Obituaries Australia

  • Tip: searches only the name field
  • Tip: use double quotes to search for a phrase
  • Tip: lists of awards, schools, organisations etc

Browse Lists:

Cultural Advice

Aboriginal and Torres Strait Islander people should be aware that this website contains names, images, and voices of deceased persons.

In addition, some articles contain terms or views that were acceptable within mainstream Australian culture in the period in which they were written, but may no longer be considered appropriate.

These articles do not necessarily reflect the views of The Australian National University.

Joseph Abrahams (1855–1938)

The Rev. Dr. Joseph Abrahams, who was rabbi of the Melbourne Hebrew congregation from 1882 until his retirement 14 years ago, died yesterday, in his 85th year.  

Rabbi Abrahams was born in London and educated at the Jews' College. He graduated at the universities of London, Melbourne, and Heidelberg (Germany). He was a brother of Dr. Israel Abrahams, an English Jewish scholar with a famous European reputation.  

He was a leading oarsman in his younger days in Melbourne, and for many years enjoyed a wide reputation as a scholar and a preacher of unusual intellectual attainments.  

The funeral will leave his residence, 25 Crimea street, St. Kilda, at 10 a.m. to-day for the Toorak road Synagogue, where a service will be conducted at 10.15 a.m. by Rabbi Dr. Friedman and Rabbi J. Danglow. The burial will take place in the New General Cemetery, Fawkner.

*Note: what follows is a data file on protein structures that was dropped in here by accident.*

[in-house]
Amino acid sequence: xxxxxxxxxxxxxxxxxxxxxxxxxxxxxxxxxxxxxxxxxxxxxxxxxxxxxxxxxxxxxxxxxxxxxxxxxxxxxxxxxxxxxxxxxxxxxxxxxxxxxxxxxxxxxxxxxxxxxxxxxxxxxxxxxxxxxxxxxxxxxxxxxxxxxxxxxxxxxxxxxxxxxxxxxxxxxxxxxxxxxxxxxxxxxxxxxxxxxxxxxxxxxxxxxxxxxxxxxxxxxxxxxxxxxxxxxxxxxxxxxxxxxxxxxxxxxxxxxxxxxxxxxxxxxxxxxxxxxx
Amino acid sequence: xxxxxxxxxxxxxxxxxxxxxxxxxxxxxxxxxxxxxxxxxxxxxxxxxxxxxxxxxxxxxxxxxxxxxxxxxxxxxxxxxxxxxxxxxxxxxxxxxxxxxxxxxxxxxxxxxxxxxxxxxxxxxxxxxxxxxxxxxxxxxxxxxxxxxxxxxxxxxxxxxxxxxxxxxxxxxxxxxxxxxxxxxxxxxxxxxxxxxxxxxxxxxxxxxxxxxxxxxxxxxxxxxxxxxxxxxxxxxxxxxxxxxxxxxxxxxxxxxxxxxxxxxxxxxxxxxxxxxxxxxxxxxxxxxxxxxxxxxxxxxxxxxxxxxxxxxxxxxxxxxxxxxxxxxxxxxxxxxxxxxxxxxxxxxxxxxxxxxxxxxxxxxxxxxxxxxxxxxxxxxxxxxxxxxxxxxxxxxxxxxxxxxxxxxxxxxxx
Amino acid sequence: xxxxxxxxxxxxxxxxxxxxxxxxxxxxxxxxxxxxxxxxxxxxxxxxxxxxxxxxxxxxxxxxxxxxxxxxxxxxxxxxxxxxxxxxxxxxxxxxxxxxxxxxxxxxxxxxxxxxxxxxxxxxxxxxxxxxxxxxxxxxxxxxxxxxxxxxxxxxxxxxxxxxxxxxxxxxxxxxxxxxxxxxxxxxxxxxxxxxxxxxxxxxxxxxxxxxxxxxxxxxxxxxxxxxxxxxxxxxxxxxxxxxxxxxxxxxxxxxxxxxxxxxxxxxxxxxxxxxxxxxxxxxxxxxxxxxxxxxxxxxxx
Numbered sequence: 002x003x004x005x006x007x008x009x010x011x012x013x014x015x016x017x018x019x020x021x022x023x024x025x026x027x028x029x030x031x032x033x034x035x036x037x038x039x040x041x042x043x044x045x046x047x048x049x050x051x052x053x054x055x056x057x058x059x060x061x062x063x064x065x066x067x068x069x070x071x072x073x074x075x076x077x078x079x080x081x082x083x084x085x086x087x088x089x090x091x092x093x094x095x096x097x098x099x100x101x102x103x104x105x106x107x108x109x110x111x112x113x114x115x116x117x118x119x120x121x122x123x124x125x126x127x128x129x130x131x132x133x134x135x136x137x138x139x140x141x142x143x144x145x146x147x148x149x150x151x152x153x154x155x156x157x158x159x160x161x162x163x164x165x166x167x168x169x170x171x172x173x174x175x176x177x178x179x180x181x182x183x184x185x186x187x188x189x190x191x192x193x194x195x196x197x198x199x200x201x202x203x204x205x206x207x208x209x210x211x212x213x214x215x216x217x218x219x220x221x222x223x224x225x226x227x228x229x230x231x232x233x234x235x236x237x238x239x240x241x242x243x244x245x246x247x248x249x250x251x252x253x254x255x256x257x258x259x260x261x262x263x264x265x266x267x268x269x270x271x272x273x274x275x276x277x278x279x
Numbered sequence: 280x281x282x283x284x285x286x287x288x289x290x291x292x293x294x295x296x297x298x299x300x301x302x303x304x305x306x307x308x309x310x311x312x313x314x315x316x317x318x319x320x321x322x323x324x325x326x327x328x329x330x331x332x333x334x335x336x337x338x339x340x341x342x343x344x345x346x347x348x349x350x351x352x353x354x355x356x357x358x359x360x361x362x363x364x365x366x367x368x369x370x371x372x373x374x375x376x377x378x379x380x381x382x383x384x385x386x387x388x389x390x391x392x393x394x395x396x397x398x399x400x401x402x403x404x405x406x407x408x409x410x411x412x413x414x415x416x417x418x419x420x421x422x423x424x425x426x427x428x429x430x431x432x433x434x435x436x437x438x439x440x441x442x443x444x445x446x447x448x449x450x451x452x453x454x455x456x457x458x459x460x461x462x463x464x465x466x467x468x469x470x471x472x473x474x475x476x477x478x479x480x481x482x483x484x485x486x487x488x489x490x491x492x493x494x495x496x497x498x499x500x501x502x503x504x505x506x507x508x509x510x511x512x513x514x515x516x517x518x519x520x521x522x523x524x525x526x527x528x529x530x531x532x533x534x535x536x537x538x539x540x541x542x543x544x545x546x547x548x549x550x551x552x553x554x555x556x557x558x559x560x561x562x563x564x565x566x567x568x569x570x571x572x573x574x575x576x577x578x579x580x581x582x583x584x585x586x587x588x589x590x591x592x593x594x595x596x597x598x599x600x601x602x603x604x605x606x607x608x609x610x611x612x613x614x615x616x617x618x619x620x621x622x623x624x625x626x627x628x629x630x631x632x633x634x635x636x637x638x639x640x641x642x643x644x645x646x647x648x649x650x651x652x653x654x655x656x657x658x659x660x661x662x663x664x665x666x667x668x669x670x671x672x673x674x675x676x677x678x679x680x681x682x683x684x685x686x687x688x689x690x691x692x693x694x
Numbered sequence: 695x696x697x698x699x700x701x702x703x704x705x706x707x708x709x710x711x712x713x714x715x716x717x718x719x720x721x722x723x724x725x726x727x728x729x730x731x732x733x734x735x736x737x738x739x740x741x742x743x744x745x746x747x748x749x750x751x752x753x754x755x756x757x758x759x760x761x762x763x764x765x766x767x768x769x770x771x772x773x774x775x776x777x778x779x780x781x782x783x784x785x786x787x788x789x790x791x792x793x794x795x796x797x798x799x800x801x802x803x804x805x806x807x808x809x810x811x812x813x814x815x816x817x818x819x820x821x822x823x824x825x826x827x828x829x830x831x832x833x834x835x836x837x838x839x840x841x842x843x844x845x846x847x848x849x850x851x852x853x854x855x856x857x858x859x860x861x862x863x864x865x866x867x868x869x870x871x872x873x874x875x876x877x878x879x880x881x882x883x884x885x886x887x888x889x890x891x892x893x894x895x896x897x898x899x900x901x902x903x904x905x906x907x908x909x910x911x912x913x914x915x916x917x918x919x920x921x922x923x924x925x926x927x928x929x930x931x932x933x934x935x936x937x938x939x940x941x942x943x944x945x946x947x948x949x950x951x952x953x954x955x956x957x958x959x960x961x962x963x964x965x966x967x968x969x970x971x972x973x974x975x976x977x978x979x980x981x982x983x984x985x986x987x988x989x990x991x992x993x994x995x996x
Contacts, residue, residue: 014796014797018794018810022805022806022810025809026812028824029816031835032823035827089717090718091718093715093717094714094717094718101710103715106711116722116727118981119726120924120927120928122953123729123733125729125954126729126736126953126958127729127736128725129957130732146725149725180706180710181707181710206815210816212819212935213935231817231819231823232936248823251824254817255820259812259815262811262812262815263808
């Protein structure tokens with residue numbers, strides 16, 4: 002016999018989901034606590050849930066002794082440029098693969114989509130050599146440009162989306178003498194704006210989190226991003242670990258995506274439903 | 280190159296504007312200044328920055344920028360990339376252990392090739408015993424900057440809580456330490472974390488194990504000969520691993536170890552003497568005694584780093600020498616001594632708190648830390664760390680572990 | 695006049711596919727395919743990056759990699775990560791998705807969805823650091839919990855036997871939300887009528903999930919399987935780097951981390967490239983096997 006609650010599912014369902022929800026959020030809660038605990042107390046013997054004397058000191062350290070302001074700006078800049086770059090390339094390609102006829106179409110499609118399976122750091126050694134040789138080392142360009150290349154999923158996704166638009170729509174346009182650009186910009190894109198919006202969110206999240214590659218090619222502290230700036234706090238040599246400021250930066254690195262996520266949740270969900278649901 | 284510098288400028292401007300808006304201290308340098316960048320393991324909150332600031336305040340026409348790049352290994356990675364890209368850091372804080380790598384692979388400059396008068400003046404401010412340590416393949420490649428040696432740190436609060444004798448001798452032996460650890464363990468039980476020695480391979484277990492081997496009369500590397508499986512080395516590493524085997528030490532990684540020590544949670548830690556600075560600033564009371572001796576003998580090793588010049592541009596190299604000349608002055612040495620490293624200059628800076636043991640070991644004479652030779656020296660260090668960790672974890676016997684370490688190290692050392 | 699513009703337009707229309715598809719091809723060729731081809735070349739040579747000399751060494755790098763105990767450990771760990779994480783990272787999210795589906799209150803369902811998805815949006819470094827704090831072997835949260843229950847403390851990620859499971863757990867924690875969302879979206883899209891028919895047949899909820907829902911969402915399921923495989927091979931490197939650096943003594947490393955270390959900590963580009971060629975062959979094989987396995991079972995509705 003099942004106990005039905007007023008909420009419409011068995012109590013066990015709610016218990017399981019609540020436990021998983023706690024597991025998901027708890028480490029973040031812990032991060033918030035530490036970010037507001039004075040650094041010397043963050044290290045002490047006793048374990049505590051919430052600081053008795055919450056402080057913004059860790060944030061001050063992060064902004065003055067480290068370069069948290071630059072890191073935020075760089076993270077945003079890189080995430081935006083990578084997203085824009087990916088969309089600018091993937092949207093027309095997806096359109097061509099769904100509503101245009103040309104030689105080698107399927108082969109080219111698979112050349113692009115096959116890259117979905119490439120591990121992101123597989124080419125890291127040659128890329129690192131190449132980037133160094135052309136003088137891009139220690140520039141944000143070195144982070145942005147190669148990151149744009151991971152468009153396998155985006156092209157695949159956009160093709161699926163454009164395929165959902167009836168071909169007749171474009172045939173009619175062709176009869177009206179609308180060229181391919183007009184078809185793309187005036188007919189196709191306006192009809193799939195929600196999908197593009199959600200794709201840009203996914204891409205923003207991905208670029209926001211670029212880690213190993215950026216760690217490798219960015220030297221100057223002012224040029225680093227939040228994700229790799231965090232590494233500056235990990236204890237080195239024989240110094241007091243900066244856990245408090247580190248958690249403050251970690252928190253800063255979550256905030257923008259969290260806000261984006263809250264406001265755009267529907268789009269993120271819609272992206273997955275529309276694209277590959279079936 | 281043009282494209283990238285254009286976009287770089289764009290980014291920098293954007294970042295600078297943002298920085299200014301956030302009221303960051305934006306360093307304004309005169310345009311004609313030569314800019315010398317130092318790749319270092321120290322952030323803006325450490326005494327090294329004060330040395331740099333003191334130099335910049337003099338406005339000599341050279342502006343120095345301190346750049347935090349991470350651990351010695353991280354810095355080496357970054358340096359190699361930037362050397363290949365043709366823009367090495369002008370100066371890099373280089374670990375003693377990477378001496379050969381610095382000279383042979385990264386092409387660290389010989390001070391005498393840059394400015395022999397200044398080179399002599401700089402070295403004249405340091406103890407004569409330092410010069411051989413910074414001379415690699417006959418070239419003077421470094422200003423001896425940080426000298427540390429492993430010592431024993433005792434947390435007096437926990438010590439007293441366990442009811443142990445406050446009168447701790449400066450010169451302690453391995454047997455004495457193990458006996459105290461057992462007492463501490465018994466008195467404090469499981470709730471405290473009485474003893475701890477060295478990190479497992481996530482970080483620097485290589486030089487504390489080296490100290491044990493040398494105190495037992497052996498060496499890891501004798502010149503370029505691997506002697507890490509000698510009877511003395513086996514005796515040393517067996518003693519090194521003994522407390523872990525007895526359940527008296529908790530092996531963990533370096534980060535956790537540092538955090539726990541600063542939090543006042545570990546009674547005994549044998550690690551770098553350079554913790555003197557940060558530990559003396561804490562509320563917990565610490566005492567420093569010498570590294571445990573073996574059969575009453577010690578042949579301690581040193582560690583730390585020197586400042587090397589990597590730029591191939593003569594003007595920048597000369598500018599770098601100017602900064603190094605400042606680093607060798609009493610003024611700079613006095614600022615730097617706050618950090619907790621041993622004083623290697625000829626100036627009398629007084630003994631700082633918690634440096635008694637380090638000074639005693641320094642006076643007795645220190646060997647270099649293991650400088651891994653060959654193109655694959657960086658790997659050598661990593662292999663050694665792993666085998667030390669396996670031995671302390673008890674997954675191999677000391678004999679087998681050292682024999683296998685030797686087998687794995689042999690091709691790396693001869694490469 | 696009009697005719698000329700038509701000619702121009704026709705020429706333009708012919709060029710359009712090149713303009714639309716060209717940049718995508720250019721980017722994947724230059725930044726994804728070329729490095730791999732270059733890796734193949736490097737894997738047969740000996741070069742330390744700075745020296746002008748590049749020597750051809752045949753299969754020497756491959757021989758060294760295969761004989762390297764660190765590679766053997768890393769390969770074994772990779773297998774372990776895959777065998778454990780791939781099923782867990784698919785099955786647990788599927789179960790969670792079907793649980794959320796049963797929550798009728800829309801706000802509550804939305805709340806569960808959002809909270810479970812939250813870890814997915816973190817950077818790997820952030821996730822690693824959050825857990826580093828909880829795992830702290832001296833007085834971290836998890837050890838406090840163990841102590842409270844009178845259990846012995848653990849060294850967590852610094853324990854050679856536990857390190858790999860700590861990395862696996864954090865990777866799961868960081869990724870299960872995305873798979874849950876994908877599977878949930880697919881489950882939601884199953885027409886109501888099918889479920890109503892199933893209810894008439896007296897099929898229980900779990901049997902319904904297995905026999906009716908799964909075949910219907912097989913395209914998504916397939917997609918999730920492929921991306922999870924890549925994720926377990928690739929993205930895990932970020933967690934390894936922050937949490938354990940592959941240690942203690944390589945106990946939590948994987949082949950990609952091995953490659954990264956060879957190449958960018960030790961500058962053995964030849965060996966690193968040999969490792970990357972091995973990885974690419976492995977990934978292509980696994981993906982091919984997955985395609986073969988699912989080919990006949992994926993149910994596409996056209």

W. G. Apps and Sons have charge of the funeral arrangements.

Original publication

Additional Resources

Citation details

'Abrahams, Joseph (1855–1938)', Obituaries Australia, National Centre of Biography, Australian National University,, accessed 17 July 2024.

© Copyright Obituaries Australia, 2010-2024

Life Summary [details]


1 April, 1855
London, Middlesex, England


18 August, 1938 (aged 83)
St Kilda, Melbourne, Victoria, Australia

Cultural Heritage

Includes subject's nationality; their parents' nationality; the countries in which they spent a significant part of their childhood, and their self-identity.

Religious Influence

Includes the religion in which subjects were raised, have chosen themselves, attendance at religious schools and/or religious funeral rites; Atheism and Agnosticism have been included.

Key Organisations